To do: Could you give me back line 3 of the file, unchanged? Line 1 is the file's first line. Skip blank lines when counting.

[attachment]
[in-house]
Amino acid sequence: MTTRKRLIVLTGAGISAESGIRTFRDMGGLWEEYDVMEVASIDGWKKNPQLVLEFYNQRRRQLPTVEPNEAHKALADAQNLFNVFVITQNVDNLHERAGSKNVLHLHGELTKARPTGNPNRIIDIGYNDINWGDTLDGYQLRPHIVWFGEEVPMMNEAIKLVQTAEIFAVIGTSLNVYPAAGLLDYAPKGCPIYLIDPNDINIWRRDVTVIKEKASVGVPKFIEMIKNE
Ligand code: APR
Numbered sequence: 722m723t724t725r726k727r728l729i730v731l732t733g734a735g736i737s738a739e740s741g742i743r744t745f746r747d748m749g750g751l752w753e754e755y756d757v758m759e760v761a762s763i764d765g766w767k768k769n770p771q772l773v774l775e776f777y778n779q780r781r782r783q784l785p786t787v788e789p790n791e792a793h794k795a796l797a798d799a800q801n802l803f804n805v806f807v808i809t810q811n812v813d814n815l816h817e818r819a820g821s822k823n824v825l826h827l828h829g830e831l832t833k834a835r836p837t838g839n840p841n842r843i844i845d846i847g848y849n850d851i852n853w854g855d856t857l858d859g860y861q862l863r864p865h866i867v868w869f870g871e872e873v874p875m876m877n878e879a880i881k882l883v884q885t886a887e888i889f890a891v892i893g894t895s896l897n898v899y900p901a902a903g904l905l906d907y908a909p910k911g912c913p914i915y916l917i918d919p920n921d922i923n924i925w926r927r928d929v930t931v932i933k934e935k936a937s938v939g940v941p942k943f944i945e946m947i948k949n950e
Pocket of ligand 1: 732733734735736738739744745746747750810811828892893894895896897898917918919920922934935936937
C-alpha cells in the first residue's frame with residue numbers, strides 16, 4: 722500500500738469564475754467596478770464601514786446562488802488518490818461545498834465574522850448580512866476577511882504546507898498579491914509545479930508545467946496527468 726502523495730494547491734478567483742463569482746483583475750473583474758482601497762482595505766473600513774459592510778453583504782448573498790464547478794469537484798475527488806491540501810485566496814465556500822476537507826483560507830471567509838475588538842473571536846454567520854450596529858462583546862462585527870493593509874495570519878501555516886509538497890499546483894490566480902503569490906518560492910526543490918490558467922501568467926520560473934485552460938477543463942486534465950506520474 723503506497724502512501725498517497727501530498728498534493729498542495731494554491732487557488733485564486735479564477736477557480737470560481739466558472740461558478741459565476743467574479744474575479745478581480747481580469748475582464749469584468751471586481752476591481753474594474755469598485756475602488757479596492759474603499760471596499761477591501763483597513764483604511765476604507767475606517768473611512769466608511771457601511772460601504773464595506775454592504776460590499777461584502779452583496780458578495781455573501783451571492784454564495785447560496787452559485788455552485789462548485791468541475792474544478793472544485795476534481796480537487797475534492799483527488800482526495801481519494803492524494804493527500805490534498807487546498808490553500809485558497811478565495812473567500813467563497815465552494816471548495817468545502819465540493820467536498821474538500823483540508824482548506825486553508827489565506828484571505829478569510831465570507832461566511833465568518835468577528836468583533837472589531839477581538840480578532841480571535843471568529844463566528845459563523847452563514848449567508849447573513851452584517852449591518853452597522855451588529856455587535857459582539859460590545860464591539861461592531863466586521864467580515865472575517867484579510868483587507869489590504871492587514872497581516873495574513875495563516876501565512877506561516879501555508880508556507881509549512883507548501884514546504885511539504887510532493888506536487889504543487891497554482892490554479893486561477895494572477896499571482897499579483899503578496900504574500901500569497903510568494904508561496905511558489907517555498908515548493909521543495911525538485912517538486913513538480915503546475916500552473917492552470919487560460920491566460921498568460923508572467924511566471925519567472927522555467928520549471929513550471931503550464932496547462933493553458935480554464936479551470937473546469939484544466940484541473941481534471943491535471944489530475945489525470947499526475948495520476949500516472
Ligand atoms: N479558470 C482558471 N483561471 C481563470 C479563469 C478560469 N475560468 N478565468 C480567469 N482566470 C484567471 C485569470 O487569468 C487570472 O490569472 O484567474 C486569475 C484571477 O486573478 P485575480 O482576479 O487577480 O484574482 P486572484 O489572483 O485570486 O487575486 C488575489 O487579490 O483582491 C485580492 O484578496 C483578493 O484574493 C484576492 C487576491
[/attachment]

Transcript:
Ligand code: APR